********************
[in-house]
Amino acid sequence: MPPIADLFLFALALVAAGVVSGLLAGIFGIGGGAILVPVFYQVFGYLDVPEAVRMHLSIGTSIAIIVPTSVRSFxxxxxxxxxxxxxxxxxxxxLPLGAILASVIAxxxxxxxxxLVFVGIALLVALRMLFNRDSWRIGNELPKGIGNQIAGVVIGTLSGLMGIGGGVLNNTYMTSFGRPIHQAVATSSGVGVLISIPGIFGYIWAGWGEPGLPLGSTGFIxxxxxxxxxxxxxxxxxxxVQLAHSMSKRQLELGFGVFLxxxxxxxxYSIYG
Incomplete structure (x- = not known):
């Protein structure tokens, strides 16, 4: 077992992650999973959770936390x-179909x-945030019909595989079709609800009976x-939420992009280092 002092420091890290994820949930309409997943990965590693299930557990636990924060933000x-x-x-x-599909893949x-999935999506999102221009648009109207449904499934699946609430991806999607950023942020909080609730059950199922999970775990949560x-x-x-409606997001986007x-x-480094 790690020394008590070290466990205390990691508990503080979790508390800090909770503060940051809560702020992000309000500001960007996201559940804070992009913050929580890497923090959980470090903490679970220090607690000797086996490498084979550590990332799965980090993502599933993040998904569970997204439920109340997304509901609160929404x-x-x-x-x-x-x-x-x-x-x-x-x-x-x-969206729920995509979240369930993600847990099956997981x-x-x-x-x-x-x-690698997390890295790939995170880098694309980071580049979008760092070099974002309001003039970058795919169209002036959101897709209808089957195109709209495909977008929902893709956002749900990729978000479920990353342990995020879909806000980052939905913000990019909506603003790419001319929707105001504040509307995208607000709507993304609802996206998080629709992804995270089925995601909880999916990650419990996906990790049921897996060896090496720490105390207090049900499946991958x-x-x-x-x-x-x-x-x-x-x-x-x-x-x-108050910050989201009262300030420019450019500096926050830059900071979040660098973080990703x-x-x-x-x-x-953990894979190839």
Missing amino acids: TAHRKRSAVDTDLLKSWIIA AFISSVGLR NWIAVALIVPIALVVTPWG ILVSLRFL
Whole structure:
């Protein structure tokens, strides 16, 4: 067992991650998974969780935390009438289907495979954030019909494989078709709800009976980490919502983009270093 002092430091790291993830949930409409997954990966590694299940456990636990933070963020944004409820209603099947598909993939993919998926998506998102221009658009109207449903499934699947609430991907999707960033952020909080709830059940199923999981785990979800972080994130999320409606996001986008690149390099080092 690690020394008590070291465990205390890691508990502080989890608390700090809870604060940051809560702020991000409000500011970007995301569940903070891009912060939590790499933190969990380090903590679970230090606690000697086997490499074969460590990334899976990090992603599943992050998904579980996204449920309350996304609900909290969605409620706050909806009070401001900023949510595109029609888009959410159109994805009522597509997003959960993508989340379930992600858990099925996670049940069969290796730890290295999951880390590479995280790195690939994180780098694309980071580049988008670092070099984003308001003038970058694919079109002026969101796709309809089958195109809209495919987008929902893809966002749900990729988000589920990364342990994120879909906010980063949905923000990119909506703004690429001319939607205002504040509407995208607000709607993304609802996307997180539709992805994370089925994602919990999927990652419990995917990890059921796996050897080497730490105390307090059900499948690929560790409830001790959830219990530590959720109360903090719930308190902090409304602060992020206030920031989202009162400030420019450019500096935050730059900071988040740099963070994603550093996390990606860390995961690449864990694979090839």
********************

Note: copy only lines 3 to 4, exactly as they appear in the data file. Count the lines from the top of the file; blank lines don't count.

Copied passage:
Incomplete structure (x- = not known):
């Protein structure tokens, strides 16, 4: 077992992650999973959770936390x-179909x-945030019909595989079709609800009976x-939420992009280092 002092420091890290994820949930309409997943990965590693299930557990636990924060933000x-x-x-x-599909893949x-999935999506999102221009648009109207449904499934699946609430991806999607950023942020909080609730059950199922999970775990949560x-x-x-409606997001986007x-x-480094 790690020394008590070290466990205390990691508990503080979790508390800090909770503060940051809560702020992000309000500001960007996201559940804070992009913050929580890497923090959980470090903490679970220090607690000797086996490498084979550590990332799965980090993502599933993040998904569970997204439920109340997304509901609160929404x-x-x-x-x-x-x-x-x-x-x-x-x-x-x-969206729920995509979240369930993600847990099956997981x-x-x-x-x-x-x-690698997390890295790939995170880098694309980071580049979008760092070099974002309001003039970058795919169209002036959101897709209808089957195109709209495909977008929902893709956002749900990729978000479920990353342990995020879909806000980052939905913000990019909506603003790419001319929707105001504040509307995208607000709507993304609802996206998080629709992804995270089925995601909880999916990650419990996906990790049921897996060896090496720490105390207090049900499946991958x-x-x-x-x-x-x-x-x-x-x-x-x-x-x-108050910050989201009262300030420019450019500096926050830059900071979040660098973080990703x-x-x-x-x-x-953990894979190839």